Stuart Evans - a fantastic intellectual romp that transcends its swinging setting and succeeds in impressing with each stylish sentence. Comedy-of-ill-manners set in a nouveau riche milieu: a fantastic satirical performance and hyper-referential homage to masters past and present


Image result for Stuart Evans, Meritocrats,
Stuart Evans, Meritocrats, Verbivoracious Press, 2016. / Hutchinson, 1974.



Stuart Evans’s first novel is a comedy-of-ill-manners set in a nouveau riche milieu: a fantastic satirical performance and hyper-referential homage to masters past and present. Paul Keller is the Stephen Dedalus of the piece, the son of Robert and Sylvie, whose internal monologue is spliced into the action, and whose incestuous feelings for his sister lead to an increase in histrionic imagery. Sylvie Keller’s sections comprise of pastiches, including the Penelope chapter of Ulysses, and an amusing riff on Alain Robbe-Grillet. Robert Keller, the paterfamilias, has a more conventional narration, while Eric Foster, “vernissage of the independent cinema”, is the most intriguing experiment: a cinematographic narration, blending snippets from his screenplays, pieces of real-time dialogue, and more theoretical musings, mirroring the approach of his movies. Gavin McNamara is the final voice: a caustic internal monologue from an parodic Irish character, sprinkled with amusing portmanteau words. These narrations are sequenced in different orders over eight parts, mimicking the drunken headiness of the endless parties taking place. The end product is a fantastic intellectual romp that transcends its swinging setting and succeeds in impressing with each stylish sentence.


Outside the noisome compositions of ex-pat John Cale, the phrase “avant-garde” is not heard often in Wales—from Lord Hereford’s Knob to Yr Arwydd, the hills are not alive with daring experimental artists eager to showcase their latest multimedia works. In the stringent anti-avant culture of 1960/70s (and post-, and post-, and post-) Britain, a Welsh novelist who takes up the mantels dropped by Nicholas Mosley and co. was never fated to become a success. His first novel, Meritocrats, is a waspish comedy-of-ill-manners set in a nouveau riche milieu, and is a fantastic satirical performance and hyper-referential homage to masters past and present. Split into five sections, voiced by five members of the milieu, Evans spins various narrative styles and modes to brilliant effect. Paul Keller is the Stephen Dedalus of the piece, the son of Robert and Sylvie, whose internal monologue is spliced into the action, and whose incestuous feelings for his sister lead to an increase in tormented and histrionic imagery. Sylvie Keller’s sections comprise of pastiches, some of which are of Victorian authors (Austen or Trollope?), and later more recognisable takes on the Penelope chapter of Ulysses, and an amusing riff on Alain Robbe-Grillet (who appears twice at one of the parties). Robert Keller, the paterfamilias, has more conventional narration sprinkled with the sexist opinions of the none-too-subtle Australian character—a course millionaire in the Rupert Murdoch mould. Eric Foster, “vernissage of the independent cinema”, is the most intriguing experiment: a cinematographic narration, blending snippets from his screenplays, pieces of real-time dialogue, and more theoretical musings, mirroring the approach of his movies: New Wave French in style, à la Bresson or Godard. Gavin McNamara is the final voice: a caustic internal monologue from an unconvincing Irish character, sprinkled with amusing portmanteau words such as ‘marshgassers’, ‘simperjunket’, and ‘gabledecock’, included self-consciously, so more entertaining than embarrassing. These narrations are sequenced in different orders over eight parts, mimicking the drunken headiness of the endless parties taking place. The end product is a fantastic intellectual romp that transcends its swinging ‘70s setting and succeeds in impressing with each sentence. Stuart Evans also authored the in-print (and so excluded for our purposes) The Caves of Alienation, a documents novel that seems (unread at the time of writing) to have expanded upon the philosophical musings in this work, veering into similar fictional territory as Nicholas Mosley. Four years past, I picked up Houses on the Site, a rather deflating title, part of the Windmill Hill sequence, a quintet about which little has been written—either Evans’ ambition spanning over five novels resulted in unfocused and rather undazzling prose (in evidence in that particular book, and a problem with Mosley’s Catastrophe Practice quintet), or the sequence remains ripe for a revival and several dozen academic papers and festschrifts. If this brilliant debut is any indication, Evans is ripe for rediscovery. He also wrote three thrillers with ‘Death’ in the title with his wife Kay, (work that Robert Keller himself might have produced), published as Hugh Tracy.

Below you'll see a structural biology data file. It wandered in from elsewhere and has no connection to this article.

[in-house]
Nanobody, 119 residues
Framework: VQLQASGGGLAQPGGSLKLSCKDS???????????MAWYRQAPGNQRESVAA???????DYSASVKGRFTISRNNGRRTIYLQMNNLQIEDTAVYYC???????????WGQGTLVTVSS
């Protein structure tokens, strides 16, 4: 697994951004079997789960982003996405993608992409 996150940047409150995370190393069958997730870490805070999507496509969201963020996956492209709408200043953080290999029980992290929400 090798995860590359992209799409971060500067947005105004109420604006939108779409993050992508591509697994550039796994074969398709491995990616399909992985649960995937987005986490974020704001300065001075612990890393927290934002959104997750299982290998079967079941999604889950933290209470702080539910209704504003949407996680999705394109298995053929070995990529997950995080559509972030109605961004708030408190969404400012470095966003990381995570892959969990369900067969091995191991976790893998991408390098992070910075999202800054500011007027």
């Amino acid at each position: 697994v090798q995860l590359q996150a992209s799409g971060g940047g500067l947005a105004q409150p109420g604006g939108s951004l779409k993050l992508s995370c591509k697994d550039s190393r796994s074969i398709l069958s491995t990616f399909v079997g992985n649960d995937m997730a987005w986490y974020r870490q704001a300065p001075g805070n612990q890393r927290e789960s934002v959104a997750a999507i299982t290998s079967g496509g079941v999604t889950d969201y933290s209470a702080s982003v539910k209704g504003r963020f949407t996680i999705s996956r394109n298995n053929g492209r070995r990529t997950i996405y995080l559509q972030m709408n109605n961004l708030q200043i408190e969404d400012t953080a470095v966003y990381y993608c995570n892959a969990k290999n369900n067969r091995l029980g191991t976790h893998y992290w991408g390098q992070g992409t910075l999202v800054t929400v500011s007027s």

Novels:
Death in Disguise (as Hugh Tracy), 1969, Robert Hale Ltd.
Career with Death (as Hugh Tracy), 1970, Robert Hale Ltd.
Meritocrats, 1974, Hutchinson.
Death in Reserve (as Hugh Tracy), 1976, Gollancz.
The Gardens at the Casino, 1976, Hutchinson.
The Caves of Alienation, 1977, Hutchinson.
Centres of Ritual, 1978, Hutchinson.
Occupational Debris, 1979, Hutchinson.
Temporary Hearths, 1982, Hutchinson.
Houses on the Site, 1984, Hutchinson.
Seasonal Tribal Feasts, 1987, Hutchinson.

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